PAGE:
About the Author: Rachel Smyth

15 July 2021

Our partner, MacMillan Cancer Support, has been raising timely concerns in the House of Commons about delays in cancer diagnosis and about the backlog in cancer treatment and care, as a consequence of giving priority to tackling the COVID-19 pandemic

It is estimated that 37,000 fewer people started their first cancer treatment last year.

NHS England has said they intend to intend to clear the backlog of patients waiting for cancer treatment caused by the pandemic by March 2022 and that referrals and treatments have been above normal levels since March 2021.

Dame Cally Palmer, national cancer director for NHS England, said there had been “an issue of not wanting to bother the NHS or being concerned to come forward” and emphasised the importance of having the right diagnostic and treatment capacity to address the issue. She highlighted that there had been a significant investment in radiotherapy and diagnostic kit with cancer being treated as a priority.

A committee of MPs also heard that there had been a drop in people coming forward with symptoms of lung cancer because of the crossover with COVID-19.

Kim Ryley, Co-Chair of the Coalition for Personalised Care and a cancer survivor himself, said: “We know that the pandemic has had a significant impact on both diagnosis and treatment for millions of people. There is still a large backlog of people waiting months for a diagnosis at what will be a worrying time for them and their families, many of whom will have cancer. This number is likely to grow as people now seek medical advice for the first time since the pandemic started.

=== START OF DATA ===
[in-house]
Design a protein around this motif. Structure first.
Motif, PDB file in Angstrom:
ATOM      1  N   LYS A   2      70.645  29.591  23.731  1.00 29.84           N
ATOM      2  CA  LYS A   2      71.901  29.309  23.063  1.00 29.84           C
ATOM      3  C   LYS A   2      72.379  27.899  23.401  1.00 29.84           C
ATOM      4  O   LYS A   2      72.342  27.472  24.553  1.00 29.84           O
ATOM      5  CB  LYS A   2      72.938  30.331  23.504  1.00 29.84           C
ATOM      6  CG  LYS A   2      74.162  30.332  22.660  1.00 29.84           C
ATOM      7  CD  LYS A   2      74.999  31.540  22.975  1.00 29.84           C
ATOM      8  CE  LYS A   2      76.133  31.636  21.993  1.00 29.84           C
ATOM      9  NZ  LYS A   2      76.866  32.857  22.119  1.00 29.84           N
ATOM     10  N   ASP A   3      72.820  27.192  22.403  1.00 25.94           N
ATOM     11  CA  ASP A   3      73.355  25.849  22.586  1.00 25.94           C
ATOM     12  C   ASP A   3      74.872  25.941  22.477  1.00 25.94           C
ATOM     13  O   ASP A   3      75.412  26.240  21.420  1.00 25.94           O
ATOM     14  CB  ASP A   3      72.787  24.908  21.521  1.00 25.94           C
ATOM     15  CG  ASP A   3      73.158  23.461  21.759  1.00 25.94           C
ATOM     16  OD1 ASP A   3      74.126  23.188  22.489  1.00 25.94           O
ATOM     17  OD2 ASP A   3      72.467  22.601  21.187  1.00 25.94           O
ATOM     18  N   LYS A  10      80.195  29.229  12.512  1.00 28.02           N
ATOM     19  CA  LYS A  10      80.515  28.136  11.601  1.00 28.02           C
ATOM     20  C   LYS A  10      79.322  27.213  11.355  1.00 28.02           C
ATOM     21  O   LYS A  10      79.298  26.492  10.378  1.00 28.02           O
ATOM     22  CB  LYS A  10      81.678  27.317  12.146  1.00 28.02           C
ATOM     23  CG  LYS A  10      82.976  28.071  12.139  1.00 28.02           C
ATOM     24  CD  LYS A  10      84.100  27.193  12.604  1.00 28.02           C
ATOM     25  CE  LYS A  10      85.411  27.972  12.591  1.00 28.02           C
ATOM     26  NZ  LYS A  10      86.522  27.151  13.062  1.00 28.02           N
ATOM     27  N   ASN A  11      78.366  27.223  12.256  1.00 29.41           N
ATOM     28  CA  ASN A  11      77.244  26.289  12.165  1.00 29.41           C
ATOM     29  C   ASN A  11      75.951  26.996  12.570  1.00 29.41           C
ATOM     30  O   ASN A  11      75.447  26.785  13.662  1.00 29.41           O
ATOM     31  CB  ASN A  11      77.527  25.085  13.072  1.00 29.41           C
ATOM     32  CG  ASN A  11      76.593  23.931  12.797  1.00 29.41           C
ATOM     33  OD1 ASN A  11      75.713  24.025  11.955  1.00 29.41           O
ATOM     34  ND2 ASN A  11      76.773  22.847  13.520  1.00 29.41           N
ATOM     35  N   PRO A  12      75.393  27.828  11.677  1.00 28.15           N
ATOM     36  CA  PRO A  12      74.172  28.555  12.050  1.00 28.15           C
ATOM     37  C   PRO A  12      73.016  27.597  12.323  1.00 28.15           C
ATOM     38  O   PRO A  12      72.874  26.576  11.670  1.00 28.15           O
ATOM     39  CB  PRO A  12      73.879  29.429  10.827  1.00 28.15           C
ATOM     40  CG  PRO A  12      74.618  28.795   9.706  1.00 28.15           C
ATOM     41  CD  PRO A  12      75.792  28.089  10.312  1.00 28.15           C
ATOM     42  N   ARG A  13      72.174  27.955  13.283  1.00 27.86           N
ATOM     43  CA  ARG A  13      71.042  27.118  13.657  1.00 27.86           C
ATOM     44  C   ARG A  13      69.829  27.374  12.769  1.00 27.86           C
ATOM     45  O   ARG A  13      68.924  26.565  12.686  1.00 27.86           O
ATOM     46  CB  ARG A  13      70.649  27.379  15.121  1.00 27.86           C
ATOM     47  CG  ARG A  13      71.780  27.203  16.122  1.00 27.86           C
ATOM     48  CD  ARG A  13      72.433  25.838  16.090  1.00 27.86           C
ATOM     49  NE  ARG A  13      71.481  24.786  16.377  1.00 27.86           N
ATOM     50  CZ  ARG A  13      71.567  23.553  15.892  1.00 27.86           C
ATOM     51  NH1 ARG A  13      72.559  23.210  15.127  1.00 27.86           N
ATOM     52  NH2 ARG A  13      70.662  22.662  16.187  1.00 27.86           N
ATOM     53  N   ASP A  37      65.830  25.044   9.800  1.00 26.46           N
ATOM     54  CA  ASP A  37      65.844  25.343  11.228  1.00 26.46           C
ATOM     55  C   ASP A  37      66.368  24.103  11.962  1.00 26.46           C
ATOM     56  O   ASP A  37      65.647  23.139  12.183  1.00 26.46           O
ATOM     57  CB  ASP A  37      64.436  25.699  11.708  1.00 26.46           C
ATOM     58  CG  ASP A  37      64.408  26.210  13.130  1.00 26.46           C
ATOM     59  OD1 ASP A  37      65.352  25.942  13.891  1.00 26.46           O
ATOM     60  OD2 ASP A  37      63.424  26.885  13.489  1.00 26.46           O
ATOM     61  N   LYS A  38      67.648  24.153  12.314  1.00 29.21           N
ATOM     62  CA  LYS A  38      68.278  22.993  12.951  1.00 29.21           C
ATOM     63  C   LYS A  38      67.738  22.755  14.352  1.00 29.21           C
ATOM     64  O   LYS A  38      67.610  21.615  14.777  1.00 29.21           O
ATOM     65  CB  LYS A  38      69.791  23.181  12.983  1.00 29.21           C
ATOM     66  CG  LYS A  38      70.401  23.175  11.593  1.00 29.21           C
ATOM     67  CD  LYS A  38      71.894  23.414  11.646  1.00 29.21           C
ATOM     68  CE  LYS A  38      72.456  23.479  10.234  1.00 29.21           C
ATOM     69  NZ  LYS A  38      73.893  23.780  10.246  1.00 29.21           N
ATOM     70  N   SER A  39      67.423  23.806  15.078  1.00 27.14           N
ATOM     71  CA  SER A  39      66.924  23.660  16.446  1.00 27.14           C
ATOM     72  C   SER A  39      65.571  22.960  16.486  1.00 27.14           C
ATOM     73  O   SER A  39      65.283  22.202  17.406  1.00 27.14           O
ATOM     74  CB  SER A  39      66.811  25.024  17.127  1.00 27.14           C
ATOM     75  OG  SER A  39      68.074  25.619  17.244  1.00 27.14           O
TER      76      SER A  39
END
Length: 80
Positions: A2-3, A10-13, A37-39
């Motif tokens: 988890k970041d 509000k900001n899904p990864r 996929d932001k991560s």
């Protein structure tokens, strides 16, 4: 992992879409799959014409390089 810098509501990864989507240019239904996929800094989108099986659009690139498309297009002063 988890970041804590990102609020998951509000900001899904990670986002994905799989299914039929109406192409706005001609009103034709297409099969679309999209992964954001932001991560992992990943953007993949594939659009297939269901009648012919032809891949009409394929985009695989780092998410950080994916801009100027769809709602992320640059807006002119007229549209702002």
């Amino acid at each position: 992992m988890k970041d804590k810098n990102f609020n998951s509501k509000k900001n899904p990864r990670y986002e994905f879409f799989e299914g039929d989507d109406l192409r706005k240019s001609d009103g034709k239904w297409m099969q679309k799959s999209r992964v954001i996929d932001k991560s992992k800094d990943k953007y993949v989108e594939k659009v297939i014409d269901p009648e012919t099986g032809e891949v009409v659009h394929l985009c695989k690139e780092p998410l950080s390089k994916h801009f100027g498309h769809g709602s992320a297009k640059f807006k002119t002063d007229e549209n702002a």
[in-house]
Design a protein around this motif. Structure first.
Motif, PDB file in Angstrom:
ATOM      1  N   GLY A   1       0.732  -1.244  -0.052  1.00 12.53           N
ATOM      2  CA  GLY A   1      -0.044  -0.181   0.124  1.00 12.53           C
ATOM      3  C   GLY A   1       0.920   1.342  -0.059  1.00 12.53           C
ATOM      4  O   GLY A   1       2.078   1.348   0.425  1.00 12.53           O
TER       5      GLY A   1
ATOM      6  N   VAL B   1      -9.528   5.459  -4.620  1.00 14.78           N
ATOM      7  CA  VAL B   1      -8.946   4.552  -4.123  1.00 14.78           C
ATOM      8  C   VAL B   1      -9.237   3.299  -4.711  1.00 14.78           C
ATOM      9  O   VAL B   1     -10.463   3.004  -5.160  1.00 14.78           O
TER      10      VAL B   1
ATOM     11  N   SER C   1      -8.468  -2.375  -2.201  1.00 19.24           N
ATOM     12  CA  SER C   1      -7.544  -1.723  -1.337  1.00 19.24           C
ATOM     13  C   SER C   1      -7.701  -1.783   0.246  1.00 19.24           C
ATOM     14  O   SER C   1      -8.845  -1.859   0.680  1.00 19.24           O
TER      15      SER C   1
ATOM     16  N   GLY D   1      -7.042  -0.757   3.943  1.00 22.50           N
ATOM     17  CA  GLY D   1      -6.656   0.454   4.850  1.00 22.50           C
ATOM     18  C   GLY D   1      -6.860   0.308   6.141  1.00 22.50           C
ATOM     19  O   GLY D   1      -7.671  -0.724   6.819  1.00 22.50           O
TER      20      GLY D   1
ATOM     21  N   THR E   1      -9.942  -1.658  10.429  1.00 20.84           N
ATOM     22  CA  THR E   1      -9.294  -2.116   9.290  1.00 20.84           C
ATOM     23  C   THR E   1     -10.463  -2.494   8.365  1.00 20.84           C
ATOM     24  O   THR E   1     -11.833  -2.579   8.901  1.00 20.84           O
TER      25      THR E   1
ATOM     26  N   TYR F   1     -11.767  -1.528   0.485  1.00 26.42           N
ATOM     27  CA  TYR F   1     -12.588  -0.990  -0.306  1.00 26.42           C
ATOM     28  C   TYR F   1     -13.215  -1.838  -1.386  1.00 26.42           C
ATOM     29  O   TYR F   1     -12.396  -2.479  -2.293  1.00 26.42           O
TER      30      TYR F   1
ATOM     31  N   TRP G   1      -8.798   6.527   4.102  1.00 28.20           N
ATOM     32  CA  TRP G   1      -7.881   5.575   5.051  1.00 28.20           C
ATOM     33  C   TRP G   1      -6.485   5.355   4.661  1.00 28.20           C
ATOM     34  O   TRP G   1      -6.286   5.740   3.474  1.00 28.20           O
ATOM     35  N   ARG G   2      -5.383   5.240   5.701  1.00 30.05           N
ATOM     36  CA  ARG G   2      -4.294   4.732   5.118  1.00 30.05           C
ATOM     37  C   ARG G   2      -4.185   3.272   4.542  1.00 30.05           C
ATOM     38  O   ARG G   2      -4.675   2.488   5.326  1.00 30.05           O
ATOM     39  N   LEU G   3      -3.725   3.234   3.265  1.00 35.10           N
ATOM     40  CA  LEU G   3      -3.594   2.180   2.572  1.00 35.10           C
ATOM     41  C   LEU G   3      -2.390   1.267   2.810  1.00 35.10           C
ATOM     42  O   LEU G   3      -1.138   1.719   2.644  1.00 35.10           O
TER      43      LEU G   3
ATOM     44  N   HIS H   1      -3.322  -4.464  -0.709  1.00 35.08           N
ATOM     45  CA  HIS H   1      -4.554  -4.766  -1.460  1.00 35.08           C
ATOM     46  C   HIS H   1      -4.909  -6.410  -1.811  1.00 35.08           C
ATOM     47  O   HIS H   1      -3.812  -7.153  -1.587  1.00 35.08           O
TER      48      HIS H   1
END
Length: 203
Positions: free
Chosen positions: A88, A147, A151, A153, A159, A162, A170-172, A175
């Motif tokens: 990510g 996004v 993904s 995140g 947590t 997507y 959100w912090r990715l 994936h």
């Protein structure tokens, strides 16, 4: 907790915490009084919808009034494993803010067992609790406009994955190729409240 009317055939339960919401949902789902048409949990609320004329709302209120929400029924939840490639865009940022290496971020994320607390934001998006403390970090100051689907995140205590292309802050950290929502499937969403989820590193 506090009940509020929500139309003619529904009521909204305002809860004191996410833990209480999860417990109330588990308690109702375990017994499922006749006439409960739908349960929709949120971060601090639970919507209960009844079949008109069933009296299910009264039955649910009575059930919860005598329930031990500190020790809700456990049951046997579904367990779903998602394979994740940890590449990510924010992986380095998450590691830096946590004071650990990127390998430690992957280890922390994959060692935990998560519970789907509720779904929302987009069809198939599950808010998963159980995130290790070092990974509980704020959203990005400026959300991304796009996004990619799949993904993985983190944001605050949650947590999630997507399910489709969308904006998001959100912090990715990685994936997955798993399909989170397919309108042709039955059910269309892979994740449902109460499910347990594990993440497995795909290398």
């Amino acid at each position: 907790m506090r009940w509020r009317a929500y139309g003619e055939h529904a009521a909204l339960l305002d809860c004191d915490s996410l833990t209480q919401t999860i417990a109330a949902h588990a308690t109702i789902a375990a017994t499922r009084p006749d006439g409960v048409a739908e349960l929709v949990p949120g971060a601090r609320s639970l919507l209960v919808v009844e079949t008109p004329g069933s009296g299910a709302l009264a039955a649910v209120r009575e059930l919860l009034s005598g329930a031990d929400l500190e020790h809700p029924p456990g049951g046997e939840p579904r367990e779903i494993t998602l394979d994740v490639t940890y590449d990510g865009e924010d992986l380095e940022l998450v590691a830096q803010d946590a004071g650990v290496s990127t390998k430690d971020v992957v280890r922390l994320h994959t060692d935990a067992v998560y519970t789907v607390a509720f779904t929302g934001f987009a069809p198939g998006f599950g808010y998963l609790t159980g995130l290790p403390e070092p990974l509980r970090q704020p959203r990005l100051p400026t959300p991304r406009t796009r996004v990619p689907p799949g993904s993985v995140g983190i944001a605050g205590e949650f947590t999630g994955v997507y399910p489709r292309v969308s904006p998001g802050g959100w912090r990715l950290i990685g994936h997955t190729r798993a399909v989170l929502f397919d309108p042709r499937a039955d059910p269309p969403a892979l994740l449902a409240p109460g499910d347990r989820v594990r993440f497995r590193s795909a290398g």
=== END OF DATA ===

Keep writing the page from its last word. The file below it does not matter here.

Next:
Kim Ryley


“The Coalition’s Treatment Backlog Taskgroup is looking at how we can better help maintain a good quality of life for those awaiting diagnosis or treatment, based on a better understanding of their individual needs and circumstances.


“We have concerns that, in a crisis, health and care services can feel pressured to put in place blanket approaches to deal with large groups of people quickly, and so reduce waiting lists and times, though this can risk a poorer quality of treatment or support.

“But, people’s conditions, needs and preferences can differ widely, and some are more able to do more to help maintain good health while waiting, if properly supported. This ability to recognise different clinical, social and emotional needs will ensure a fairer approach to who is given priority.

“Even as we start a period of recovery from the pandemic, it is important that all care remains personalised around each individual, and that they are involved fully in the options, choices and decisions that affect their health.”